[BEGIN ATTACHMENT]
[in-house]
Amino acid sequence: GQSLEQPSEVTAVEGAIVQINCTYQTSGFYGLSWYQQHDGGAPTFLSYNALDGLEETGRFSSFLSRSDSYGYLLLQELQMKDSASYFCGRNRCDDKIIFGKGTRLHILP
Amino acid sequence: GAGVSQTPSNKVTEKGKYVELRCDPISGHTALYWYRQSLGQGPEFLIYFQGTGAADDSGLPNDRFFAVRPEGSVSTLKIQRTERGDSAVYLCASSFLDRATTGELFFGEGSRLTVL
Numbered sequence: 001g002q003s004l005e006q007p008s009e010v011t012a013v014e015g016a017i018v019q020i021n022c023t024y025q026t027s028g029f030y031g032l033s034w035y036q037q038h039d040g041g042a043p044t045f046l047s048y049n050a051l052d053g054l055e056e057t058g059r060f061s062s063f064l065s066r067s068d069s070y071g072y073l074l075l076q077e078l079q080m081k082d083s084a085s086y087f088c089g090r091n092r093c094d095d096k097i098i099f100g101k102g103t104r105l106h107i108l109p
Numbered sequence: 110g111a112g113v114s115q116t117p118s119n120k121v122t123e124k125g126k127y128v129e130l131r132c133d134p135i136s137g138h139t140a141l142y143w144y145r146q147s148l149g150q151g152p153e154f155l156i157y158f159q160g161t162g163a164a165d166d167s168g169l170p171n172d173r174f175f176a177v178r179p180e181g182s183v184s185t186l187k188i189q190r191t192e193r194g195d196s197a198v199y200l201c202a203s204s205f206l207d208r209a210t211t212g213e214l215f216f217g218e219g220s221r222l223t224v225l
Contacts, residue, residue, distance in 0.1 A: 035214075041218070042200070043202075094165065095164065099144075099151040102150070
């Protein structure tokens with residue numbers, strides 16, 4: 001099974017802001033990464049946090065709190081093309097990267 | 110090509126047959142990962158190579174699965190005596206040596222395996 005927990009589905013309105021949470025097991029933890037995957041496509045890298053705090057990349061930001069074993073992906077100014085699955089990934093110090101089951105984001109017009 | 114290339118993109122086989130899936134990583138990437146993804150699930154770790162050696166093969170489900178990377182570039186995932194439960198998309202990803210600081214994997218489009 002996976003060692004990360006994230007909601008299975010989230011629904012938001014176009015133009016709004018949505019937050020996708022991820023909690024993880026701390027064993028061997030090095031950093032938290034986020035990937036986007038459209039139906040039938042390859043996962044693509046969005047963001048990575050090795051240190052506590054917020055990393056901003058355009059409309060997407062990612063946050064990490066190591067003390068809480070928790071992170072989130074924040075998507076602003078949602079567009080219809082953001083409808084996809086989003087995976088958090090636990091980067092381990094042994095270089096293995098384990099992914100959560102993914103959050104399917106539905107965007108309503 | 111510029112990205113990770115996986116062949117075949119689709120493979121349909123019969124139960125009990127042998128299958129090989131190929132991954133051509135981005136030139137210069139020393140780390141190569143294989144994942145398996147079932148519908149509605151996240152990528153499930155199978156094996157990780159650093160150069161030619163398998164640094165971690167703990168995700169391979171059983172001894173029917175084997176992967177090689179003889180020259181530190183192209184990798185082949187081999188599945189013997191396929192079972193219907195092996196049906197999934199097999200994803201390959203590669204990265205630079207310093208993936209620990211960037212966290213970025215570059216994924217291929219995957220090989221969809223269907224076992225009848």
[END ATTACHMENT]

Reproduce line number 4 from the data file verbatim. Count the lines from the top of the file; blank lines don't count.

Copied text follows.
Numbered sequence: 001g002q003s004l005e006q007p008s009e010v011t012a013v014e015g016a017i018v019q020i021n022c023t024y025q026t027s028g029f030y031g032l033s034w035y036q037q038h039d040g041g042a043p044t045f046l047s048y049n050a051l052d053g054l055e056e057t058g059r060f061s062s063f064l065s066r067s068d069s070y071g072y073l074l075l076q077e078l079q080m081k082d083s084a085s086y087f088c089g090r091n092r093c094d095d096k097i098i099f100g101k102g103t104r105l106h107i108l109p